United States District Court, E.D. Washington
ORDER DENYING DEFENDANTS' MOTION FOR ADDITIONAL
TIME TO RESPOND AND GRANTING PLAINTIFF'S MOTION TO
ROSANNA MALOUF PETERSON UNITED STATES DISTRICT JUDGE
THE COURT is Defendants' Second Motion for Additional
Time to Respond to the Motion to Remand, ECF No. 16, and
Plaintiff's Motion to Remand, ECF No. 9. The Court has
reviewed Defendants' motion for additional time, ECF No.
16; Plaintiff's response, ECF No. 17; Plaintiff's
motion to remand, ECF No. 9; the remaining record; the
relevant law; and is fully informed.
matter originally was filed in Grant County, Washington,
Superior Court as an action to quiet title to real property
that Plaintiff purchased at a public tax sale on November 18,
2016. See ECF No. 9 at 1-2. Plaintiff E3 Land, LLC
purchased four parcels of real property situated in Grant
County for $2, 802, 200 and received a Treasurer's Tax
Deed after the sale. ECF No. 9 at 2. Defendants Peter Eriksen
and his mother Mary Eriksen continue to reside on the
property at issue and, in Plaintiff's words, are
“refusing to leave.” ECF No. 9 at 2. Plaintiff
moved for partial summary judgment, and the Superior Court
set a hearing for May 4, 2017. ECF Nos. 6-1; 9 at 3. On April
7, 2017, Defendants filed a Notice of Removal to this Court,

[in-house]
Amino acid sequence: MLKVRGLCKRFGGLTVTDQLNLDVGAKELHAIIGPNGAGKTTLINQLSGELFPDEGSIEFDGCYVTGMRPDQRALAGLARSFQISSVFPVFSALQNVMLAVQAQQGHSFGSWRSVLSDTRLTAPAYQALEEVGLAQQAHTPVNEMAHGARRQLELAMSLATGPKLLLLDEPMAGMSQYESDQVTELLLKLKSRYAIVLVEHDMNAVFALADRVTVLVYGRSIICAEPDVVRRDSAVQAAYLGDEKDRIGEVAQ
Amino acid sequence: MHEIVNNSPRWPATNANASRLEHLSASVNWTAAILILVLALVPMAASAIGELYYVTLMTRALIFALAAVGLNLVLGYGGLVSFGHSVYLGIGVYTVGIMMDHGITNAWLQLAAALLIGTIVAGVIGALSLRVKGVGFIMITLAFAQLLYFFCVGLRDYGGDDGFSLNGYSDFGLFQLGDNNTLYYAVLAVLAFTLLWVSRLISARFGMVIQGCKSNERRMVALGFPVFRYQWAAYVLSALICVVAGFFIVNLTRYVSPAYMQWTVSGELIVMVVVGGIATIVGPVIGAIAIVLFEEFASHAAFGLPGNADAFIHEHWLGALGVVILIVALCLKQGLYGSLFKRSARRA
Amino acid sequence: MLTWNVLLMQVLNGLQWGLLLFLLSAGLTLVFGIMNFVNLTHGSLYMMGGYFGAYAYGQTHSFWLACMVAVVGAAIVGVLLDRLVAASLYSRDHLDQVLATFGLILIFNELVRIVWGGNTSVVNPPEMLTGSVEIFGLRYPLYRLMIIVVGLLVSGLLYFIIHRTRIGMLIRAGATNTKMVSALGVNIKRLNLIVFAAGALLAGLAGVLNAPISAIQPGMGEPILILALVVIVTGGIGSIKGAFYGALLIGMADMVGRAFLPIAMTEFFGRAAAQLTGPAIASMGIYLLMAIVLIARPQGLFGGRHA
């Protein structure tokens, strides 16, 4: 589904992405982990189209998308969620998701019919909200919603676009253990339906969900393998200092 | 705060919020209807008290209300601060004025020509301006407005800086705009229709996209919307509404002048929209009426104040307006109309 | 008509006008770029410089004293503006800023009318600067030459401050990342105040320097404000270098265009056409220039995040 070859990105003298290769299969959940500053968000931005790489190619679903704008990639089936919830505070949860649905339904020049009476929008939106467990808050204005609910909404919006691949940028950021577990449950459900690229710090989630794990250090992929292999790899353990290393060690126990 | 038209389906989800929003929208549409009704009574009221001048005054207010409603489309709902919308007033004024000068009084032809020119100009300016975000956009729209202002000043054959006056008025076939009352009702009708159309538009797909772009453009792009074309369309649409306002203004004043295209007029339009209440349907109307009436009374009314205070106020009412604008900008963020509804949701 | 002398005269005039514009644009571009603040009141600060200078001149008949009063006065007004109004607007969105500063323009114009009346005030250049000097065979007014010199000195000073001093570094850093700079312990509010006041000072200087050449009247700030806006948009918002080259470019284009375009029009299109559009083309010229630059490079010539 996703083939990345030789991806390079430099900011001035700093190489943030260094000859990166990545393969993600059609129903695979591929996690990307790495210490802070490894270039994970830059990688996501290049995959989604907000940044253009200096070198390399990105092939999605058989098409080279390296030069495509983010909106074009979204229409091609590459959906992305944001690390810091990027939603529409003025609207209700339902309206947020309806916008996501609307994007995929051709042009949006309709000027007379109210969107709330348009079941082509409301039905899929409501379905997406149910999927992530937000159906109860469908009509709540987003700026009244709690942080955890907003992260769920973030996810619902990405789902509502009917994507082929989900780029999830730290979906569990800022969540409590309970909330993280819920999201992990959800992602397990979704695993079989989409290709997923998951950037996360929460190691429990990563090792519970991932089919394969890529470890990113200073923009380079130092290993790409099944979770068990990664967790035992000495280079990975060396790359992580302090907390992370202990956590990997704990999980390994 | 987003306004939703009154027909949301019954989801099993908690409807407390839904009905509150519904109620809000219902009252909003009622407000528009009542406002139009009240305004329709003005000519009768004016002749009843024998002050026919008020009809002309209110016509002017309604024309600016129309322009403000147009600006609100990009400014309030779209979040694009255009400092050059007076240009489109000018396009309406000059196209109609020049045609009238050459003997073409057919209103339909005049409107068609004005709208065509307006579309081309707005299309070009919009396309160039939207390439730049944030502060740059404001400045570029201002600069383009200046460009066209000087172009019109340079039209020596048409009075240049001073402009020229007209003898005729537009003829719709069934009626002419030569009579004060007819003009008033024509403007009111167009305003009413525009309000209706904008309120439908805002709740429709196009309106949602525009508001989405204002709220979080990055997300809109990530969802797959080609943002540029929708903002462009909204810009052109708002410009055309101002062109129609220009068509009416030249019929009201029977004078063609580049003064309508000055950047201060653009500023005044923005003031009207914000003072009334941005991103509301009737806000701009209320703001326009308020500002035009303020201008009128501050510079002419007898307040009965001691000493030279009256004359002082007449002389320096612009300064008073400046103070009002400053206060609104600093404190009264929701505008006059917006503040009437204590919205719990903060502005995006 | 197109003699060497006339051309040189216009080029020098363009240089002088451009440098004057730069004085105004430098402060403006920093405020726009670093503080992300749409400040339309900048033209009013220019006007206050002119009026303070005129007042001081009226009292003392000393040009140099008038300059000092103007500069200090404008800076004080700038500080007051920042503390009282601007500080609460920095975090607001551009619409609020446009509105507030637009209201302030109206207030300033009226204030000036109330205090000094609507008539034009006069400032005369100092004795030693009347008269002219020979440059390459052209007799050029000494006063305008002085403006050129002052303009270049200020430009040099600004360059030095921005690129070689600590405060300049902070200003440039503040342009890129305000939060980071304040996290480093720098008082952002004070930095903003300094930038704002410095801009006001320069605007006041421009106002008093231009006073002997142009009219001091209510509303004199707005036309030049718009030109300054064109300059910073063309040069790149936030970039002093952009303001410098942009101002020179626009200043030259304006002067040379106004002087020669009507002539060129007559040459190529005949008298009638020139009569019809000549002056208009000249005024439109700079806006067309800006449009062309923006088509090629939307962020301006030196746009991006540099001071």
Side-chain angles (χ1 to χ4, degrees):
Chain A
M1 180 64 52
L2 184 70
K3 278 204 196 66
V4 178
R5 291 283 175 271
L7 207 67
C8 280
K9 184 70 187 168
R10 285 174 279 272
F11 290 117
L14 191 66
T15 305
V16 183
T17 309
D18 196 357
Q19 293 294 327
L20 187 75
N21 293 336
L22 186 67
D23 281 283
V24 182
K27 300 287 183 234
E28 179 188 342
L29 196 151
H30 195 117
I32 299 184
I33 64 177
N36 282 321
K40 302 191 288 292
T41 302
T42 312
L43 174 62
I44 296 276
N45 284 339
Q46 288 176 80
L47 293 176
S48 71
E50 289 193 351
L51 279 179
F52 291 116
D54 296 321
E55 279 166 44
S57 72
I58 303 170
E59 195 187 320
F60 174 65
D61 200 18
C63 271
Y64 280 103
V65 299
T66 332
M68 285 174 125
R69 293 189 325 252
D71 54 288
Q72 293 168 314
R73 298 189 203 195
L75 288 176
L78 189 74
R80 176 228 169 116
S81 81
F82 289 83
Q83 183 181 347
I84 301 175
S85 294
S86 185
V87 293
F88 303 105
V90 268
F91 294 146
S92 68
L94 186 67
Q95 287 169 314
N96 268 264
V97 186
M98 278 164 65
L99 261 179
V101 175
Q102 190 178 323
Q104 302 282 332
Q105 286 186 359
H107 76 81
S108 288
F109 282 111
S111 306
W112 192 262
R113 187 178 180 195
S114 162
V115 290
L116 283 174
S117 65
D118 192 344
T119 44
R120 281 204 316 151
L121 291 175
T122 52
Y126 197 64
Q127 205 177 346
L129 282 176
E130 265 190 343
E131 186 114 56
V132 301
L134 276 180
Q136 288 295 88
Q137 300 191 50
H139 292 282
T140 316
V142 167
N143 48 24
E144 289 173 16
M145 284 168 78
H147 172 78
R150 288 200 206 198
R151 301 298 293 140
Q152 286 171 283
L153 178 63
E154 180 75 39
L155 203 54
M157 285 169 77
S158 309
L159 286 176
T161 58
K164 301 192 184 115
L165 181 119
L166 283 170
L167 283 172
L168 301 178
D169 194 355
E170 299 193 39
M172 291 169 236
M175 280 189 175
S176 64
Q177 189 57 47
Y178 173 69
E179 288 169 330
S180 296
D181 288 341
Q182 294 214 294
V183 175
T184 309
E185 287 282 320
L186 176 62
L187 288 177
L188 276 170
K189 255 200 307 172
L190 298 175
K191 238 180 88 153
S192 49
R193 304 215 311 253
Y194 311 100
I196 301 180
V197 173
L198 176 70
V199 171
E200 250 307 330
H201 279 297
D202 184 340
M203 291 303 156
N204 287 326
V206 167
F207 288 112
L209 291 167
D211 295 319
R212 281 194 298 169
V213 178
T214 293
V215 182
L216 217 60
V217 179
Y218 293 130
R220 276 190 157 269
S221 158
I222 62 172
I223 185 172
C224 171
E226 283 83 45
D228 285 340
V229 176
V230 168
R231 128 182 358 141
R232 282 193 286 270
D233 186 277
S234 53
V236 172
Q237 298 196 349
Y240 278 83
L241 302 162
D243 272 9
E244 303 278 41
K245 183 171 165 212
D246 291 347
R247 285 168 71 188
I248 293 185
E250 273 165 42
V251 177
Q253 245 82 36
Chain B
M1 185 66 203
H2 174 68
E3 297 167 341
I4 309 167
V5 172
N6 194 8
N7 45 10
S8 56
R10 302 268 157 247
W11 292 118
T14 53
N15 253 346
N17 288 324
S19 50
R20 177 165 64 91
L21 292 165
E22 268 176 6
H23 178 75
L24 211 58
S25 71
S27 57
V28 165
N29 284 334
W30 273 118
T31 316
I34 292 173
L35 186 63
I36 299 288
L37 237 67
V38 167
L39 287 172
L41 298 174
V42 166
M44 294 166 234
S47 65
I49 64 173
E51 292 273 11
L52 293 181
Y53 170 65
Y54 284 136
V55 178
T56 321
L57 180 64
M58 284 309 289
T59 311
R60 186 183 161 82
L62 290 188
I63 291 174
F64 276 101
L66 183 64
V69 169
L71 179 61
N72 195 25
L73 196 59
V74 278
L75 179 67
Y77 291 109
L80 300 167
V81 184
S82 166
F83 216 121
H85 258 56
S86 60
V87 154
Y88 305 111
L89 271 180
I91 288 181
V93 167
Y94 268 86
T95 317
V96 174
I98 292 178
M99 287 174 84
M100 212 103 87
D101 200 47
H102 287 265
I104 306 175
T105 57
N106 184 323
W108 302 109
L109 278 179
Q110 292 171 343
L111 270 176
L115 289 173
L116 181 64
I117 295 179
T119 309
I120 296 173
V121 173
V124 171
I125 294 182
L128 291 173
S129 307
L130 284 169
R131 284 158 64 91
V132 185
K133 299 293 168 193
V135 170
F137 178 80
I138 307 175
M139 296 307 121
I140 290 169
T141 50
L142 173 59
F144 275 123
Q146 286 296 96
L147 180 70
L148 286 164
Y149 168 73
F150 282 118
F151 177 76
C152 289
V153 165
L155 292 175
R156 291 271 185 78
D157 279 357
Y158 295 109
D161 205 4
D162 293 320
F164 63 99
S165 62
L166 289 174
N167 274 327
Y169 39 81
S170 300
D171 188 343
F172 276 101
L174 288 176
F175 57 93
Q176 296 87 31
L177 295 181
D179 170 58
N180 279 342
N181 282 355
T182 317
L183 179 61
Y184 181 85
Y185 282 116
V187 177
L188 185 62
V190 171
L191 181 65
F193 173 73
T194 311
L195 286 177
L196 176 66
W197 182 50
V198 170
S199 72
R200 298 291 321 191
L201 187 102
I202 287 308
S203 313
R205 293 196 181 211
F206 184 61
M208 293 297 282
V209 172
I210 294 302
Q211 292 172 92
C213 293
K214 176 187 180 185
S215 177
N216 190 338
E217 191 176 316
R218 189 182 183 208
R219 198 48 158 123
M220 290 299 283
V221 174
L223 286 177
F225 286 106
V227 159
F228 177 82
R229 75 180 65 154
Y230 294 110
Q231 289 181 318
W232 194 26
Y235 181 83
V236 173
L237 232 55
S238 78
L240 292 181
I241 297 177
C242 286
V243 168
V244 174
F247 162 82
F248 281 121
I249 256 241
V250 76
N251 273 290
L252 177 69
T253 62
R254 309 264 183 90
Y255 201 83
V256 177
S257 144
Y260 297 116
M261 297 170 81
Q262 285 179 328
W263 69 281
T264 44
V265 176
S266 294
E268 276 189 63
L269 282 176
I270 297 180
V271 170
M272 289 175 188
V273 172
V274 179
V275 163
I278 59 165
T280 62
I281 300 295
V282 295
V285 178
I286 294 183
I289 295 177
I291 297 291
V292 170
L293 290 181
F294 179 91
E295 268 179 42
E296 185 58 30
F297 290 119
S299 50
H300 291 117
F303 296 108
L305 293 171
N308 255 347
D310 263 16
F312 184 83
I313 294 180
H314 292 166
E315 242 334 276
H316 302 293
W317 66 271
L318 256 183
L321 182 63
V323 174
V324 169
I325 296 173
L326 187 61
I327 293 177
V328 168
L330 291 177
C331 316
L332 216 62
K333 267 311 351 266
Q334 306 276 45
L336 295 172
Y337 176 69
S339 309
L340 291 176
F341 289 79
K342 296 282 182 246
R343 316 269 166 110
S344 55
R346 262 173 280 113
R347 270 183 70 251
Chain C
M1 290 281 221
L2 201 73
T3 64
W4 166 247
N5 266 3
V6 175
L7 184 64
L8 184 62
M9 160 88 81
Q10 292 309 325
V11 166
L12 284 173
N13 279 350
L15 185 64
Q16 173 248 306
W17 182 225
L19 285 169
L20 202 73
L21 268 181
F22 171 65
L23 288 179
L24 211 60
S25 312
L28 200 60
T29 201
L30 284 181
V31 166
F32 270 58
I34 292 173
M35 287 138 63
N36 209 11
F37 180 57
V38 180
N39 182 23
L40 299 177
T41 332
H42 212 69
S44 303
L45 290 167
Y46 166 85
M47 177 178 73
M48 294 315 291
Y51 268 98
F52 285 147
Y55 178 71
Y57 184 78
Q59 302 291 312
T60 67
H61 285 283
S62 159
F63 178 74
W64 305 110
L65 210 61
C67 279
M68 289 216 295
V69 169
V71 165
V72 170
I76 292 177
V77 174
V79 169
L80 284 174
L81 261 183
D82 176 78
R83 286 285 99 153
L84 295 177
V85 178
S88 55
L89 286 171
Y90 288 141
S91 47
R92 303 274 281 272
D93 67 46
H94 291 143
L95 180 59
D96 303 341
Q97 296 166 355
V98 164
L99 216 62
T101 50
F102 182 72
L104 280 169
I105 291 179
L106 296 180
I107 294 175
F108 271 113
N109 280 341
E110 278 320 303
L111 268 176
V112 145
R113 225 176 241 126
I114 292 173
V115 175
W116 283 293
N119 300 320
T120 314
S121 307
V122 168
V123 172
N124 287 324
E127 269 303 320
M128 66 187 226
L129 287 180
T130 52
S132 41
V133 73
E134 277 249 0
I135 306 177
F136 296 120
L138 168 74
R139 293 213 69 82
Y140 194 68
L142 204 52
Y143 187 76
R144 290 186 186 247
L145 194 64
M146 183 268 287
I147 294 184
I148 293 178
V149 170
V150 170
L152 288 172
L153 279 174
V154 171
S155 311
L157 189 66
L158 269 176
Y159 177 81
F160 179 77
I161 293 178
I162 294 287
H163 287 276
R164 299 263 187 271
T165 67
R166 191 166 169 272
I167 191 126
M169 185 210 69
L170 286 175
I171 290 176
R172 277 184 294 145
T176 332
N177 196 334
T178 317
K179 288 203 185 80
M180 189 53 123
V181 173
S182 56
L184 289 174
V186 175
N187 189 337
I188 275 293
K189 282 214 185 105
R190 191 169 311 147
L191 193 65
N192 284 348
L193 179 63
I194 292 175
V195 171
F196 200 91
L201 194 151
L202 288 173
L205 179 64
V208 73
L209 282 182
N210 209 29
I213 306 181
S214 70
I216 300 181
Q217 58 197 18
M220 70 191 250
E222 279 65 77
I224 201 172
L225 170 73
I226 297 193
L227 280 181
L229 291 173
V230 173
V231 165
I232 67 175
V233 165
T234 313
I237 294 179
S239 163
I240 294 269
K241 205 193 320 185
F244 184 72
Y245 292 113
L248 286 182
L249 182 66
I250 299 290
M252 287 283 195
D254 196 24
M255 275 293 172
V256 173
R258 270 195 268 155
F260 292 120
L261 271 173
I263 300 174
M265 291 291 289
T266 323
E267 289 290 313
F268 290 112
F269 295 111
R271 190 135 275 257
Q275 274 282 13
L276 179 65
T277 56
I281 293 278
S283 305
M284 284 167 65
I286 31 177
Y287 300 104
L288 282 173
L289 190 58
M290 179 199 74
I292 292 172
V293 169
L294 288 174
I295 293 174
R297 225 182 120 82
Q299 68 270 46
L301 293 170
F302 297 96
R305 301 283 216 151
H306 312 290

stating as a basis for removal to federal court that there
was diversity of citizenship among the parties. ECF Nos. 6
and 2. In lieu of providing a copy of Plaintiff's
complaint from state court, Defendants provided
Plaintiff's summary judgment motion and the attachments
supporting the motion. After the matter was removed to
federal court, the state court action was stayed and the
hearing on Plaintiff's summary judgment motion was
stricken. ECF No. 9 at 3.
time that Plaintiff filed its motion to remand this matter to
state court, Plaintiff concurrently filed a motion to
expedite hearing of the motion, and the Court granted a
moderately expedited hearing schedule upon a finding that
Plaintiff had presented good cause. ECF No. 11. However,
subsequently, the Court granted Defendants' first motion
for additional time to respond, over Plaintiff's
opposition to an extension, and set a deadline of May 26,
2017, for Defendants to file any response, and a deadline of
June 2, 2017, for Plaintiff to file any reply. ECF No. 15.
The Court directed the Clerk's Office to telephone
Defendants at the phone number they had provided to inform
them of the Court's ruling and the deadline for their
response, in addition to mailing the order to Defendants.
Defendants' second motion for additional time to respond
to the motion to remand, Mr. Eriksen and Ms. Eriksen assert
that they removed the matter to federal court “because
of the national concerns regarding the congressional land
grant/presidential land patent update, and not for some other
improper purpose.” ECF No. 16 at 1. Defendants assert
“conflict preemption by national law over state
law.” ECF No. 16 at 2. Plaintiff again opposes
Defendants' request for enlargement of time to file a
response. ECF No. 17.
argues that there was not jurisdiction to support removal to
federal court. ECF No. 9 at 5. Plaintiff contends that there
is neither diversity of citizenship between the parties nor
any federal question. Id.
for Additional Time
preliminary matter, the Court does not find good cause to
extend any further time to Defendants to respond to
Plaintiff's motion. Defendants waited until the end of
their extended response period to request 21 more days to